Eureka has been in the tent business for many years, and it shows. Their Timberline tents have been used around the world, and the design has withstood the test of time. This review is focused primarily on the Timberline Outfitter Six (TLO6) model.
The Eureka Timberline comes in several sizes; here are the stats on the various models:
|Model||Season||Center Height||Footprint||Weight||Packed Size||True Capacity|
|Timberline SQ 2XT||3||3'7"||7'3"x4'11"||6lb. 10oz.||6"x24"||1-2-man|
|Timberline 2||3||3'6"||7'2"x5'3"||5lbs. 13oz.||6"x24"||1-2-man|
|Timberline SQ 4XT||3||4'9"||8'7"x7'1"||9lbs. 13oz.||7"x26"||2-3-man|
|Timberline SQ Outfitter 4||4||4'9"||8'7"x7'1"||9lbs. 14oz.||7"x25"||2-3-man|
|Timberline Outfitter 6||4||6'3"||8'6"x10'3"||18lbs.8oz.||8"x30"||2-4-man
Though Eureka makes a variety of styles of tents, this discussion is limited to their "Timberline" series, which includes smaller single person tents, up to expedition models that can handle four people with comfort. The tent body itself is unique in that the sides are made of a breathable nylon material, but the end panels are totally waterproof. This is because the tent is an A-frame design, with the doors potentially exposed to rainfall. The larger models include double doors (one at each end), with full-length mesh mosquito netting for ventilation. The Timberline has a bathtub floor, with heavier waterproof floor fabric extending well up in the front and along the sides of the tent body. The coverage on the sides is especially applicable to Alaska trips, where wind-driven rain might otherwise blow up between the tent body and the rainfly, misting through the breathable side walls. The side walls are off-white in color, giving the inside of the tent a bright appearance, making it easier read that novel or perform other tasks on those days when the weather has you holed up.
The Timberline Outfitter Six has double, ventilated doors, making it easy for occupants to enter or exit on the downwind side easy even if the wind direction switches overnight. The tent has a bathtub floor, with two seams that must be seam-sealed periodically. The ceiling offers rings for two parallel clotheslines and there are four mesh pockets hanging above the floor level, two on each side. The rainfly on the Timberline tent is strong enough to hold up to heavy wind, however the rectangular shape of the sides don't shed wind nearly as well as a geodesic dome design, so care should be taken to pitch it behind terrain features or vegetation that can be used as a windbreak. This is particularly true of the Outfitter Six, which stands tall enough for a six-foot-tall person to stand up without hitting the ceiling with their head. The fly comes to within a few inches of the ground and can be secured tightly along the bottom edge, the middle, and the top via the attached D-rings. The Outfitter Six has D-rings located along the horizontal centerline of the sides, which clip into the tent body. When these rings are secured to tiedown cords and staked out properly, the effect is to pull the inside walls of the tent outward enough to eliminate sidewall sag and create substantial interior space in the tent.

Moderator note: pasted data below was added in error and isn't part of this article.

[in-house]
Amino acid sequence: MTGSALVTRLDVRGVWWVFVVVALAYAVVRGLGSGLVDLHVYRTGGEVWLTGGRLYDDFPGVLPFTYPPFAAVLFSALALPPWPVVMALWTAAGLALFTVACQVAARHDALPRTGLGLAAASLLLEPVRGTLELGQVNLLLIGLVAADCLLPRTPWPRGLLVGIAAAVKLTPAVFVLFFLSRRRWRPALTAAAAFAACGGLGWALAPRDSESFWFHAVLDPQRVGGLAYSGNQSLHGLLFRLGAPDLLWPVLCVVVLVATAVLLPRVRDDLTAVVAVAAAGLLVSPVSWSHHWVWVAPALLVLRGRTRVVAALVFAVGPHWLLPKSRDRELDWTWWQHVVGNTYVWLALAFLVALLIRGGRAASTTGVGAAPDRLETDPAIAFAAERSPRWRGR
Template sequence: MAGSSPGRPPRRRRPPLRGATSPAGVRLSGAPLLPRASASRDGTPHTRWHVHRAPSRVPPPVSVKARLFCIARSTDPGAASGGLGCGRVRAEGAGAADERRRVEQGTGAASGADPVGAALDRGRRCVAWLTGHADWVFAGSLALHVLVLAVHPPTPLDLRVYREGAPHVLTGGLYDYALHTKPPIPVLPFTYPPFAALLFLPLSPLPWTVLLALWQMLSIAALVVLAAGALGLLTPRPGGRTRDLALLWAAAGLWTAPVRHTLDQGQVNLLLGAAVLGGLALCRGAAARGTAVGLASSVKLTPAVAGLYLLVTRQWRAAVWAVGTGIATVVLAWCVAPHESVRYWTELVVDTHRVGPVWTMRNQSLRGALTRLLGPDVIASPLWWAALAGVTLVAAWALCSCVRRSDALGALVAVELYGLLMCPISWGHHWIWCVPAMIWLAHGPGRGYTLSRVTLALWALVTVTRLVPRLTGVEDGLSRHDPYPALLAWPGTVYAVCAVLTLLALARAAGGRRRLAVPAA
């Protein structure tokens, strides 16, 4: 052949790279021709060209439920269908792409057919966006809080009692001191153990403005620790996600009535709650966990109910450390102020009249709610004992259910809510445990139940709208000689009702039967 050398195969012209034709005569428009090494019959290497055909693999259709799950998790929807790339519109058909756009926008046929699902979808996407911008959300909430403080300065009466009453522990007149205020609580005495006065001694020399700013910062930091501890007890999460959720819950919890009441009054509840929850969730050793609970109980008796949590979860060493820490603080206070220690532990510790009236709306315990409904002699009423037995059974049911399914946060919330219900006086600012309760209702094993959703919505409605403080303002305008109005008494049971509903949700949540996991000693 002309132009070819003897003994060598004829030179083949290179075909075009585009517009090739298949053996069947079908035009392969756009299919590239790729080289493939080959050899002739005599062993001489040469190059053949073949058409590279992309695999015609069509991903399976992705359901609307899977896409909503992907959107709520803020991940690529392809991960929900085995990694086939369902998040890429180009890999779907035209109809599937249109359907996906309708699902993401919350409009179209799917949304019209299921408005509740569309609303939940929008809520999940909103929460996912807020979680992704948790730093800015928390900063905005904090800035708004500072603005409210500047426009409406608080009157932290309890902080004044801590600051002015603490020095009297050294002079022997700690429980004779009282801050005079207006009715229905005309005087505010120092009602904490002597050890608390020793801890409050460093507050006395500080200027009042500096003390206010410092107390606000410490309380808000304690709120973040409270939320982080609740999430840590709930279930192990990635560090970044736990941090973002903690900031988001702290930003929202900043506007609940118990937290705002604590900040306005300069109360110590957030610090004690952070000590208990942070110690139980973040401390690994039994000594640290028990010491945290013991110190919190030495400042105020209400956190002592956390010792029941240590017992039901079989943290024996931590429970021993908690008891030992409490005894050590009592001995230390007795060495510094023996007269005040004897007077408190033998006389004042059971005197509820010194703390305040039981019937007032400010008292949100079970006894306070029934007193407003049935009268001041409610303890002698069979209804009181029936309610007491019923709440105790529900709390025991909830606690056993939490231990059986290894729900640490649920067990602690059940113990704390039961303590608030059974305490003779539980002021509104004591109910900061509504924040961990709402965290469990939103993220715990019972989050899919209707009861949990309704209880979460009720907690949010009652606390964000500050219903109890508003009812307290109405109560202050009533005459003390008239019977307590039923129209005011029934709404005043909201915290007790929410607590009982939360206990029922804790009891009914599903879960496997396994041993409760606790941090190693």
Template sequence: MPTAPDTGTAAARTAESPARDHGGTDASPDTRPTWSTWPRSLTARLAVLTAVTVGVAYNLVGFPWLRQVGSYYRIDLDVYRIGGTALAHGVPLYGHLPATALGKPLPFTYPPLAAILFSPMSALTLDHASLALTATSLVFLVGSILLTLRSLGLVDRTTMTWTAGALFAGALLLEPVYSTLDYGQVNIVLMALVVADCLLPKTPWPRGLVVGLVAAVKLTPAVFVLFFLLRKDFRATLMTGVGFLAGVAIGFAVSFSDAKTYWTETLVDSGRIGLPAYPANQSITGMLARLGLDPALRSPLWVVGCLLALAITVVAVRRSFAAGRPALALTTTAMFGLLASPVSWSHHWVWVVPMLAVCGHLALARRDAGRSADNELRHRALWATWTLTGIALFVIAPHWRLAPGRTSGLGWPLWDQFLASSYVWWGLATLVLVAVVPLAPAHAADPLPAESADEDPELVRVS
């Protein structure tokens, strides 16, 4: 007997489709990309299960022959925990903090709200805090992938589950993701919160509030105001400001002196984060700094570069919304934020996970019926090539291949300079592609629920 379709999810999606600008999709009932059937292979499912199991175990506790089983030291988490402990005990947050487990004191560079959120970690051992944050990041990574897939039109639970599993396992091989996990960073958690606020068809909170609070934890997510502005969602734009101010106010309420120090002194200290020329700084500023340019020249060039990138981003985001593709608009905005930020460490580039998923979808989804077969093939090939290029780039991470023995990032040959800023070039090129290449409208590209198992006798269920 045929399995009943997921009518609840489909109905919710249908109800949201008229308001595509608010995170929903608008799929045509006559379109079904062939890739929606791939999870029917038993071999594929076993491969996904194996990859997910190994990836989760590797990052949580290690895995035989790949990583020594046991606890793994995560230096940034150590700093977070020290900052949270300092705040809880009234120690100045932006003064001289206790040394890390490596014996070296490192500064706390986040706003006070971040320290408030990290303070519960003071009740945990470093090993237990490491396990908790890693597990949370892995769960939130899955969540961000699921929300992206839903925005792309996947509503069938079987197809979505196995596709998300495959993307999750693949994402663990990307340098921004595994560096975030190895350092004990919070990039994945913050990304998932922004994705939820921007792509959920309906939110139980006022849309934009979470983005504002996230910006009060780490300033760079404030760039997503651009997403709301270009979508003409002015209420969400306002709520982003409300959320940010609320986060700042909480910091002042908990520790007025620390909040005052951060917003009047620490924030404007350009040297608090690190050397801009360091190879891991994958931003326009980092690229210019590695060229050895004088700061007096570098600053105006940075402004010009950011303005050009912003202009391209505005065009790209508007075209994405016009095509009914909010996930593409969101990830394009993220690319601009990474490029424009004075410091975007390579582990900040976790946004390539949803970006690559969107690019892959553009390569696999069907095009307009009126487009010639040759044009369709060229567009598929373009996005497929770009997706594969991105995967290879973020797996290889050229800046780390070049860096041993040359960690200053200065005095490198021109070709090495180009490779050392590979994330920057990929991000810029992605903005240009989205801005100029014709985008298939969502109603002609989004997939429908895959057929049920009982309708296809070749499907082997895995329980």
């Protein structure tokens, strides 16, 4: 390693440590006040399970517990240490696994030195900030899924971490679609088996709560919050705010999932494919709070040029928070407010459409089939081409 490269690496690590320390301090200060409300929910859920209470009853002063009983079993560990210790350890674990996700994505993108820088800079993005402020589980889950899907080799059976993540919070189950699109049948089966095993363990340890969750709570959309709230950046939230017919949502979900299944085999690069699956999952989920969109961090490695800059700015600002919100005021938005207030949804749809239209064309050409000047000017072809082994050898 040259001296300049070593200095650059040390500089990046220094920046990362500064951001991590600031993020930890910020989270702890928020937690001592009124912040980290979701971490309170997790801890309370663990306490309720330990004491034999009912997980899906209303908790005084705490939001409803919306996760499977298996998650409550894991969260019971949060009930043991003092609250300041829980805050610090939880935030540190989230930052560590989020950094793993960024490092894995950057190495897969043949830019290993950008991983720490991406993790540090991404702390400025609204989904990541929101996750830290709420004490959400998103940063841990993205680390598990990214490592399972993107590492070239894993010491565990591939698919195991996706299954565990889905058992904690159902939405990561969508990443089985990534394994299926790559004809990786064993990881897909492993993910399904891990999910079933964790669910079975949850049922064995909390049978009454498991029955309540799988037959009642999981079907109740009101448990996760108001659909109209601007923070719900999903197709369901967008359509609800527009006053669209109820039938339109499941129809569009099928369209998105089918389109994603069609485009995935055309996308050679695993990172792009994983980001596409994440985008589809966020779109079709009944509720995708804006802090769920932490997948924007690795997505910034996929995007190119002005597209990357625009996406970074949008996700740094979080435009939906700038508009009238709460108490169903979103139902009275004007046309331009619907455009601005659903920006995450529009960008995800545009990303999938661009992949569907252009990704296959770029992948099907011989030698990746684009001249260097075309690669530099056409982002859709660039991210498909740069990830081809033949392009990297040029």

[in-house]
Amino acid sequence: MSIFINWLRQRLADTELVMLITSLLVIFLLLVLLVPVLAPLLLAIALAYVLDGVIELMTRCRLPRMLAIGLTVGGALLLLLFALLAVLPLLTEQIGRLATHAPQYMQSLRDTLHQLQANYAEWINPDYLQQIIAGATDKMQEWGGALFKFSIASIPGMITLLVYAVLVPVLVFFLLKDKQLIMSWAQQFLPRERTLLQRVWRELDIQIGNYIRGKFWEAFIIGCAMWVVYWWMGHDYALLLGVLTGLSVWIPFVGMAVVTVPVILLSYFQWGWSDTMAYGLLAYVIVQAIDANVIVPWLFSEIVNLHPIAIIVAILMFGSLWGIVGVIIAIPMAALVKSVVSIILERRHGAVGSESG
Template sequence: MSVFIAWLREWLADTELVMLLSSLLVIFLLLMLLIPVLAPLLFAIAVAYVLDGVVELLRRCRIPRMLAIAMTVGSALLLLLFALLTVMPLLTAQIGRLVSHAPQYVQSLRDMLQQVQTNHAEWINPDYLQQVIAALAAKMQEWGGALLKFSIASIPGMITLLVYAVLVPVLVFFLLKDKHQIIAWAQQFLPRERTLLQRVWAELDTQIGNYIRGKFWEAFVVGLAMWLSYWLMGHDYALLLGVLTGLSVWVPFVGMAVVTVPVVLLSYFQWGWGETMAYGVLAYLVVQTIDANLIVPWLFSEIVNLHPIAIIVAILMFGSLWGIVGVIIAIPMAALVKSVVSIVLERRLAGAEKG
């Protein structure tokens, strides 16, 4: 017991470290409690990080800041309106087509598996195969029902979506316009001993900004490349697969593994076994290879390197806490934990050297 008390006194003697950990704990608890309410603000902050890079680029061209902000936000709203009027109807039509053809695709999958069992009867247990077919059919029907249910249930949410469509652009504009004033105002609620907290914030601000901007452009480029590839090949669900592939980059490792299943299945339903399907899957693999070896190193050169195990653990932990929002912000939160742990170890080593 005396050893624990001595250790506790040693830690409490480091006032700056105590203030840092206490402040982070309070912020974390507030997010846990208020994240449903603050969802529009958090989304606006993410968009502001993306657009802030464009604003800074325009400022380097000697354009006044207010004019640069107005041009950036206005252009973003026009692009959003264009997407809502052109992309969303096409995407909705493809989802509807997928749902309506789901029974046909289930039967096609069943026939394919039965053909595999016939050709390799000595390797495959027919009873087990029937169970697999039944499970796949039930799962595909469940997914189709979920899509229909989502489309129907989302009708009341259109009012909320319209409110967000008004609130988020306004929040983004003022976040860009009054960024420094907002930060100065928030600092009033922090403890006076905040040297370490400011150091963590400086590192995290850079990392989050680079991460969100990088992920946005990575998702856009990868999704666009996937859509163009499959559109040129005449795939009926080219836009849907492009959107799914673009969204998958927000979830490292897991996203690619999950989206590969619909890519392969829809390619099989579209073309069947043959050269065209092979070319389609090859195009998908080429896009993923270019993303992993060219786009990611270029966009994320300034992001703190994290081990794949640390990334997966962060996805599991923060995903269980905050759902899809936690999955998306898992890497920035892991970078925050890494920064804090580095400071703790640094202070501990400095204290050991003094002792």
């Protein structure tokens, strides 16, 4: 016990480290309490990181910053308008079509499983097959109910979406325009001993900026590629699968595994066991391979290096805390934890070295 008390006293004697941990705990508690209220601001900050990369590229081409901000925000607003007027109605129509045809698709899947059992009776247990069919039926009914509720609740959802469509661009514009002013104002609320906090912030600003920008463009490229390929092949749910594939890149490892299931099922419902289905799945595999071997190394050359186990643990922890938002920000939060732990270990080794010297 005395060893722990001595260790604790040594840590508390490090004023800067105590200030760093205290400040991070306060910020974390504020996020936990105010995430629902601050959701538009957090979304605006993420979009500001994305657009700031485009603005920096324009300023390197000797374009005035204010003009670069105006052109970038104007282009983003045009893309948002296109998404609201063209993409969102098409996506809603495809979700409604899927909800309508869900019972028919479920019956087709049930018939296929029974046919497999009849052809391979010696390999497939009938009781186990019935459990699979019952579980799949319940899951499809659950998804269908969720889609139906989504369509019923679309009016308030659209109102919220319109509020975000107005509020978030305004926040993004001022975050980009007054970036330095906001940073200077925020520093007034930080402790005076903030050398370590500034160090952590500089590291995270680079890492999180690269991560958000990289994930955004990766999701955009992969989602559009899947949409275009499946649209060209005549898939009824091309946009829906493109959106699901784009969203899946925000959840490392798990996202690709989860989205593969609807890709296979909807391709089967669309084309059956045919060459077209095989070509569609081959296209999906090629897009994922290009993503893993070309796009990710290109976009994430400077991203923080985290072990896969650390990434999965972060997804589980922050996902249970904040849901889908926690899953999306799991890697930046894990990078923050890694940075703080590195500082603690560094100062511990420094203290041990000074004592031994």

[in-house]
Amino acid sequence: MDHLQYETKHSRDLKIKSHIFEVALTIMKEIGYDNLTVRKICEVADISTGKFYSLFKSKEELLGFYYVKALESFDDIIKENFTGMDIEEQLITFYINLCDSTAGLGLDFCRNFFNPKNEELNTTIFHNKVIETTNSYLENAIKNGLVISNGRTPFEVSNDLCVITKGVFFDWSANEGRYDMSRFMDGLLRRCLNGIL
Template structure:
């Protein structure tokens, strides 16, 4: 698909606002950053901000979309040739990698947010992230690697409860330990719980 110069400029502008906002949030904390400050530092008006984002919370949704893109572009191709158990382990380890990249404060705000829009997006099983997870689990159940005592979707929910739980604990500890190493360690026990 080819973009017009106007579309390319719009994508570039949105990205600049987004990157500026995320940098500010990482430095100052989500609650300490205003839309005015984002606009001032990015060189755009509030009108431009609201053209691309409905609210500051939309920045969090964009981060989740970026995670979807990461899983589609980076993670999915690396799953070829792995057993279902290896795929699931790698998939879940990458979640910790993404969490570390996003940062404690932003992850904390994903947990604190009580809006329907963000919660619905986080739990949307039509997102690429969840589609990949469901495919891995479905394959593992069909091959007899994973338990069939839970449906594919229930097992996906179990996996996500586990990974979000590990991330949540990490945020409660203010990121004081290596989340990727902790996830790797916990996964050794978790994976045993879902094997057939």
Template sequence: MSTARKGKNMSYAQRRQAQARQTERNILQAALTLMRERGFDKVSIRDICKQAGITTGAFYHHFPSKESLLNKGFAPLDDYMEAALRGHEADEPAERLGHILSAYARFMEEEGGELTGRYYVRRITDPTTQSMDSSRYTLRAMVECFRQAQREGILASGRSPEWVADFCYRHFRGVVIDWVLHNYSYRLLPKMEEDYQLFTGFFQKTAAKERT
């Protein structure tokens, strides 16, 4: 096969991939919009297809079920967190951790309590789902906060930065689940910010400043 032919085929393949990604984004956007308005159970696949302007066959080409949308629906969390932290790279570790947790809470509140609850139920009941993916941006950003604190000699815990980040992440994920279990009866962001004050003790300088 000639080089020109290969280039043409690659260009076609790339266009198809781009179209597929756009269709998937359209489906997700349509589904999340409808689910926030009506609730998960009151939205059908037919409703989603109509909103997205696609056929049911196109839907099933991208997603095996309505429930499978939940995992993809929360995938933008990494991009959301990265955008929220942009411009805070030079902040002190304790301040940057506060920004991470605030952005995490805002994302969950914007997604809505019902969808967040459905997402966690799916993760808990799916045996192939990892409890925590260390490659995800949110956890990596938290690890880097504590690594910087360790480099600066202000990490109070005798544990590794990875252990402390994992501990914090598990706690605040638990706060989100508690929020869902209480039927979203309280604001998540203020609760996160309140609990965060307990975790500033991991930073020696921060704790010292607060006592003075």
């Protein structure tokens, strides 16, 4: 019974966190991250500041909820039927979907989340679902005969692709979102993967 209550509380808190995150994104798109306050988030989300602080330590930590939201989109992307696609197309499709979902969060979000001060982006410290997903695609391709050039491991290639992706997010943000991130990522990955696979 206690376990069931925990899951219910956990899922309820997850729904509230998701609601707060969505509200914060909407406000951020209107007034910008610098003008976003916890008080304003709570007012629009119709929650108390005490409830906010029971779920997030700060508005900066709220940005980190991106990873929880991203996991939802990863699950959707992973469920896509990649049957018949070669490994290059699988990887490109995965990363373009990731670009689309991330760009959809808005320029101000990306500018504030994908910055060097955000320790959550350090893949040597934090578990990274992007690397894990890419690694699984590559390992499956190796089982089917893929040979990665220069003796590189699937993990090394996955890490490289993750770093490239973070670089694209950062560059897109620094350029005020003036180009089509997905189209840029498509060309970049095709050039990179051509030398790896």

The poles are made of shock-corded aluminum. That, combined with the four main poles being the same length, makes assembly easy, even in inclement weather. The only longer pole that's different from the legs is the ridgepole, which is swaged at each end, to accommodate its insertion into a junction yoke at each end.
The Timberline series tents are only available in Kelly Green for the rainfly, with the tent body a matching green in the door areas, off-white on the tent body itself and a chocolate brown for the bathtub floor.
A floorless vestibule is available, which is secured by tucking it between the tent poles and the rainfly, staking it down around the outer edges. This forms a floorless room large enough for storing bulky or wet gear, or for cooking. The downside of the vestibule is that the means of attaching it to the tent body is not secure enough to allow taut staking or anchoring with guylines (if you pull the lines or stakes too tightly, the vestibule pulls out of the tent). This makes the vestibule useful only in fair, calm weather.
As with all tents destined for use on remote Alaska expedition trips, the addition of a couple hundred feet of parachute cord and a variety of different types of stakes is highly recommended. The addition of a plastic tarp under the tent is also recommended, as a measure for reducing wear and tear on the floor. The tent can serve double-duty as an emergency rainfly in the unlikely event of a rainfly failure.
The primary negative concern with the Timberline tent is the shape of the side-walls, which do not shed wind as well as a traditional mountaineering tent does. This requires users to pitch the tent in a place that offers protection from the wind, an issue that may be a deal-breaker for tundra trips.
Some guide services in Alaska have used Timberline tents for over 20 years, with great results. The Eureka Timberline tent in all its sizes, is a great three-season tent for adventurers on a budget. As long as users are cautious to pitch the tent behind or in sheltering vegetation or terrain features that provide protection from heavy winds, this tent should last many years in the field.